The Committee on the Rights of the Child knows how to punish. Will it examine prisoners with mental illness, too?

Analysis by Douglas MacCash, Matt McDonough and Rob Cameron The supermax prisons Canada has used for decades may not offer the best chance for prisoners who are mentally ill, or are deemed to have…

The Committee on the Rights of the Child knows how to punish. Will it examine prisoners with mental illness, too?

Analysis by Douglas MacCash, Matt McDonough and Rob Cameron

The supermax prisons Canada has used for decades may not offer the best chance for prisoners who are mentally ill, or are deemed to have a medical condition not readily apparent to their lawyers or to the guards (those at Grand Valley in Kitchener, Canada, have, for example, been known to lash out at “loose bodies”), to find a way to support themselves, other than in prison.

Legal sources and Amnesty International have told Human Rights Watch about prisoners in Grand Valley who have resorted to sleeping on the cold floor on days they are not given a mattress. These are people whose psychiatric and mental health conditions are so serious that in most cases they have not been able to receive a psychiatric assessment by a doctor who can safely evaluate their mental health needs.

Increasing access to psychotropic medications

Many of Canada’s supermax prisons have waiting lists for psychotropic medications. Even prisoners who are determined to have mental health needs that are self-evident can’t be given the medication needed to treat them safely and effectively.

With a review of the way Canadian prisons function scheduled for the fall, it is timely to consider these questions in the context of the mental health care system for inmates.

With a review of the way Canadian prisons function scheduled for the fall, it is timely to consider these questions in the context of the mental health care system for inmates.

Changing the way inmates are treated

In the review, the Committee will examine reforms to Canadian correctional and corrections policies and practices. It is recommended that federal correctional agencies and government ministers respect human rights and guard against over-incarceration. As part of these changes, it is important to make serious efforts to improve mental health care for all inmates.

Almost 1.4 million Canadians age 12 or older live with a mental health disorder. While 5 percent of Canadians suffer a major mental health issue, by far the most serious of these diseases affects one-in-four Canadians.

Currently, only 25 per cent of Canadians with mental illness experience any professional psychiatric assessment. Without appropriate care, one in five young people will be at risk of serious injury or death in their lifetime.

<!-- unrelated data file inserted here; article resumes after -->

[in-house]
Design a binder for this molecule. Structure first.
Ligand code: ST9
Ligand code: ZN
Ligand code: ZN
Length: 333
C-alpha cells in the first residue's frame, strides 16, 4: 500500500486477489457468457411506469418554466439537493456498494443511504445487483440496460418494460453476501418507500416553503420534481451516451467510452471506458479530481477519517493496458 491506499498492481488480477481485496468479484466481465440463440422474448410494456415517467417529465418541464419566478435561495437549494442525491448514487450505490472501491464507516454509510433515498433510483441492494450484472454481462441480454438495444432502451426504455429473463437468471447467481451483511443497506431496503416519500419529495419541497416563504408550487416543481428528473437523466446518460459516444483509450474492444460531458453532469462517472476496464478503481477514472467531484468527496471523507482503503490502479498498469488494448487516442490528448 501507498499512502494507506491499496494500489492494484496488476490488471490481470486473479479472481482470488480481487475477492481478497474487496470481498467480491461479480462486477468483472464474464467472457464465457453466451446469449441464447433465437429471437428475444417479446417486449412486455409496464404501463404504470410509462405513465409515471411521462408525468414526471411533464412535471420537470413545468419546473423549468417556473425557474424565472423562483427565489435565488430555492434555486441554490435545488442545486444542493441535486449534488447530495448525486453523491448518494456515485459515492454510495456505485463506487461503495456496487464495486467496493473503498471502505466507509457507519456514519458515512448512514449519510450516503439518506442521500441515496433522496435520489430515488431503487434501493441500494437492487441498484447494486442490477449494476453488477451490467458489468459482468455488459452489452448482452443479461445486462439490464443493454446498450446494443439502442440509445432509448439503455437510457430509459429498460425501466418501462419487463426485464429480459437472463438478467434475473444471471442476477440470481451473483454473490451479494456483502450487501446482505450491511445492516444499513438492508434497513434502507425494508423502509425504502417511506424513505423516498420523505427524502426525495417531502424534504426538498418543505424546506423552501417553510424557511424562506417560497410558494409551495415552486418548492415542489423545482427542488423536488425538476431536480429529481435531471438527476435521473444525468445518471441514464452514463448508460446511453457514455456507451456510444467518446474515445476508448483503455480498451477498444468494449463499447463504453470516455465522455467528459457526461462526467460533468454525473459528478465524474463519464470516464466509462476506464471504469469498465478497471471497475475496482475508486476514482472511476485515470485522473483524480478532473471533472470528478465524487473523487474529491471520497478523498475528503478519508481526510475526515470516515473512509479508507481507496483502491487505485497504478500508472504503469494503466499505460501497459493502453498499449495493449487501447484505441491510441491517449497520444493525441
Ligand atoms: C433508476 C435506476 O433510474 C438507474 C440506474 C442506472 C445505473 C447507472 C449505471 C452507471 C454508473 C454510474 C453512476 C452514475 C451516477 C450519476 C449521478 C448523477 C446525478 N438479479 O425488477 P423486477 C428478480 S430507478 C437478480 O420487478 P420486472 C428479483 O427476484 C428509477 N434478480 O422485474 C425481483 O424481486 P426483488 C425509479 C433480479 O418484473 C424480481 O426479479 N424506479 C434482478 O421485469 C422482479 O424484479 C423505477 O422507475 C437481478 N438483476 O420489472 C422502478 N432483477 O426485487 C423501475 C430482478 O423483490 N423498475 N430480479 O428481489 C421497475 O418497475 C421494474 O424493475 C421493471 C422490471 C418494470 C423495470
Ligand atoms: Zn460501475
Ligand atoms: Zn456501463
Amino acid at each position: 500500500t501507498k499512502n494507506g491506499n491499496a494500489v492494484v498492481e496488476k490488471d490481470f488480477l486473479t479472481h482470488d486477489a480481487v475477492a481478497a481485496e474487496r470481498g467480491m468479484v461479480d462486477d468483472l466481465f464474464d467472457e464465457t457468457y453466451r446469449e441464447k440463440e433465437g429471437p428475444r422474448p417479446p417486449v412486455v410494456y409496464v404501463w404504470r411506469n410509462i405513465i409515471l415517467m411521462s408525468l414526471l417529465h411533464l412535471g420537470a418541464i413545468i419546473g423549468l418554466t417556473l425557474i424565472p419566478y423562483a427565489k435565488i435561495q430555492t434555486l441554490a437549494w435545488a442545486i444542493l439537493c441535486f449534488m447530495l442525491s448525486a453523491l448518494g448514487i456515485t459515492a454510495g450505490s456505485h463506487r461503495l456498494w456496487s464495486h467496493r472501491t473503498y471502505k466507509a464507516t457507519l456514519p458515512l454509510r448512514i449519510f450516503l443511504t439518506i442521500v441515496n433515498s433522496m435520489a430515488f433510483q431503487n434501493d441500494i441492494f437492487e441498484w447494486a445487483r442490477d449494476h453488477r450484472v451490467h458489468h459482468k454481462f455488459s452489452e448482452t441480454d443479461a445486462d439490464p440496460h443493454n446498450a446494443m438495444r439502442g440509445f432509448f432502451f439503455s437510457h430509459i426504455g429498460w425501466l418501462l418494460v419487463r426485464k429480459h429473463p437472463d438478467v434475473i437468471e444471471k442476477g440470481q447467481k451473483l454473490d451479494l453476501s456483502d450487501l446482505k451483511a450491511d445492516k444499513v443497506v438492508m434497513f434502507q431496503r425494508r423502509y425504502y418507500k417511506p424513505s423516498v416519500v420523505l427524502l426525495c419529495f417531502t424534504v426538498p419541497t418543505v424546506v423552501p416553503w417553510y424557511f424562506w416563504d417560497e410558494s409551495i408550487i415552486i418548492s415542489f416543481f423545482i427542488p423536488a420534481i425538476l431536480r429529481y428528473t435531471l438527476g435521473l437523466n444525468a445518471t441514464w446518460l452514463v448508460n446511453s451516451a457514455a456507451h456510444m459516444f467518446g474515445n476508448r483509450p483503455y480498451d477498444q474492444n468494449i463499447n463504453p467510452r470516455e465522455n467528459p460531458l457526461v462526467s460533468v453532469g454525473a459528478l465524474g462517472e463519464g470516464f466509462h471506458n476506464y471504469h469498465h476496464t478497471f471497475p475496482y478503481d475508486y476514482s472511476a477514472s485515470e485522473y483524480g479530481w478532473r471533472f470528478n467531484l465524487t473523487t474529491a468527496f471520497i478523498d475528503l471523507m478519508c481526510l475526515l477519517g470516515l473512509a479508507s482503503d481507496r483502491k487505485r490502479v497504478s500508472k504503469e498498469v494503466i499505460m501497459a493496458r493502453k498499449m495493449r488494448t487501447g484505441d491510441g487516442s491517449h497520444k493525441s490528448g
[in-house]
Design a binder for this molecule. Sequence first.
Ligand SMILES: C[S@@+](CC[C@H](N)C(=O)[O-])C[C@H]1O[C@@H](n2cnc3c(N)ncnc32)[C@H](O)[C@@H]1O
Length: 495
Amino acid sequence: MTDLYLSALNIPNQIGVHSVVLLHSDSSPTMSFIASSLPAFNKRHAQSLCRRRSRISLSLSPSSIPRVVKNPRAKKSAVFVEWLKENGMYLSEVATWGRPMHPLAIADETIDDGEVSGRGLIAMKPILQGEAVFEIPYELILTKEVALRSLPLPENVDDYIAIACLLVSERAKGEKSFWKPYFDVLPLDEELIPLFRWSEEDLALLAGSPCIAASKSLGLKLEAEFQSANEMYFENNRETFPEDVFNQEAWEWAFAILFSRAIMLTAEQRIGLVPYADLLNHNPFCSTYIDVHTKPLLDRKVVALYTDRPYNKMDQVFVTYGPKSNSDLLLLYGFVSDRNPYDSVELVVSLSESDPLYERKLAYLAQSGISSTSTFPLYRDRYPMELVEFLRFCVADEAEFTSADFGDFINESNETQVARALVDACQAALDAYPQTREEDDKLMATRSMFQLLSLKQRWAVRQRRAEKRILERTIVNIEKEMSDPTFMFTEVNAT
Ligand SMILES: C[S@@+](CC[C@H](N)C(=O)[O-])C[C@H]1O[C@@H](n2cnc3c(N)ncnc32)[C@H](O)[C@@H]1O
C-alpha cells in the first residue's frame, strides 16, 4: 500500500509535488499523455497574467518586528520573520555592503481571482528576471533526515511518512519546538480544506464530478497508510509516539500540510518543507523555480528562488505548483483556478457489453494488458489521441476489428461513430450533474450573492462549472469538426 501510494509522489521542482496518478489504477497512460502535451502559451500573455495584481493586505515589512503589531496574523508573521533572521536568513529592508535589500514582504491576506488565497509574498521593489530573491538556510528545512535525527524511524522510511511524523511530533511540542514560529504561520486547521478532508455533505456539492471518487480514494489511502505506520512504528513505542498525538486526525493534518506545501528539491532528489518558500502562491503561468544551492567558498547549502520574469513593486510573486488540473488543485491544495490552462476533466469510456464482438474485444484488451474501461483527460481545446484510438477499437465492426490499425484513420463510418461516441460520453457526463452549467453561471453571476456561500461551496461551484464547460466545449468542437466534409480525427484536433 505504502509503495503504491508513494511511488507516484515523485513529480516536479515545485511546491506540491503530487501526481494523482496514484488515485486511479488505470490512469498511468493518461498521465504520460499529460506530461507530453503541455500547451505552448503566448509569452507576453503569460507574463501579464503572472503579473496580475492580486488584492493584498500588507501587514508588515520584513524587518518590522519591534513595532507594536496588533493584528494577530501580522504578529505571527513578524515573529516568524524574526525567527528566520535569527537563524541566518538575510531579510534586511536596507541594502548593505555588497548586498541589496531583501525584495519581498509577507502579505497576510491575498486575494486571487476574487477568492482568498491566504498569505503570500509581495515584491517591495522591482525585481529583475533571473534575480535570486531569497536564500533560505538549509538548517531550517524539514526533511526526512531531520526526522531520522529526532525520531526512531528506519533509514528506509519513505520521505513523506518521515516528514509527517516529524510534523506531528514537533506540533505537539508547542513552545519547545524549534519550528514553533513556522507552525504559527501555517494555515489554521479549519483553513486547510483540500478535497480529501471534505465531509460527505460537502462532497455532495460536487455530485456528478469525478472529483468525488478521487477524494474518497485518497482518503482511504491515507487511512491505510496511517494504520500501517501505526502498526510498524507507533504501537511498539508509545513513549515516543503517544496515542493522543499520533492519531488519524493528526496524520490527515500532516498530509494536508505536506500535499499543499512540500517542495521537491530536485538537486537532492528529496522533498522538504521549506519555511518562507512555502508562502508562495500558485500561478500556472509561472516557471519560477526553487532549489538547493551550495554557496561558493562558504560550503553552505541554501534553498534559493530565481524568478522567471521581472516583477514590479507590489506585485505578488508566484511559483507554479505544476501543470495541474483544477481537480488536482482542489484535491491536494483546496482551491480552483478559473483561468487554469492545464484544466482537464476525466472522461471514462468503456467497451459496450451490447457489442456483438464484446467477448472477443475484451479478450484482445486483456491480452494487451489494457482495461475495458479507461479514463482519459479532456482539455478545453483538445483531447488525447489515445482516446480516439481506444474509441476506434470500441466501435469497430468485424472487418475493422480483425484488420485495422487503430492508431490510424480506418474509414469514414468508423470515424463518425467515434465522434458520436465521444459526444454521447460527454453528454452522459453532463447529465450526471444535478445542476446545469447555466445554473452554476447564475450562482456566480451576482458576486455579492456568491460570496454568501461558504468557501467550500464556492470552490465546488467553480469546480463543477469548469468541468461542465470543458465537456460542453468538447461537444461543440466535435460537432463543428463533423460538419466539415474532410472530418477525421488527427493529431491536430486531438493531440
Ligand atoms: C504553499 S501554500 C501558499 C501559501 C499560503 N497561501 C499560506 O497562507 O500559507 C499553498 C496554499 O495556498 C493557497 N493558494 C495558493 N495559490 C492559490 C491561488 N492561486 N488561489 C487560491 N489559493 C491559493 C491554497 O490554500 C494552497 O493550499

Our experience with the OCDC demonstrates the extreme degree to which this is so. Mental health conditions are common in those imprisoned in the Canadian system. Unavailability of treatment or medications has been a part of the treatment. Overcrowding and degrading conditions are equally accepted as part of the treatment regime.

Cases Human Rights Watch investigated at the Canada-US border included immigrants at the border who had been in detention for over a year without any meaningful trial. Canadians abroad and Canadian staff at our embassies and consulates have reported finding much greater numbers of Canadians held in the United States’ criminal justice system than in the Canadian system. Our job is to intervene and urge the United States and Canada to seek alternatives to incarceration, such as alternatives to detention for immigration purposes, or supported employment and housing for those detained by the US. We’re confident the Committee will agree.

Mexico, Central American States and the death penalty

In other areas in which there are underdeveloped human rights standards for people detained by governments, Canada can take particular responsibility.

In places with weak rights and due process guarantees, and in areas where the death penalty is practiced, Canada can become a safe haven for those seeking redress.

I am optimistic that the Committee will discuss in its review of Canada’s treatment of prisoners with disabilities (http://sites.google.com/site/acoprojustice/naqib_1218) its concerns about the Canadian government’s treatment of prisoners with disabilities.

We believe that the Committee’s decision to focus on prisoners with disabilities (https://acoprojustice.info/cjpreport) is relevant, because you will not find a more ill-equipped prison system in the world for those with disabilities. One need only look at the vast difference between the living conditions in Grand Valley and the (supermax prison) Asheby Correctional Centre, to see what a difference federal budgets can make.

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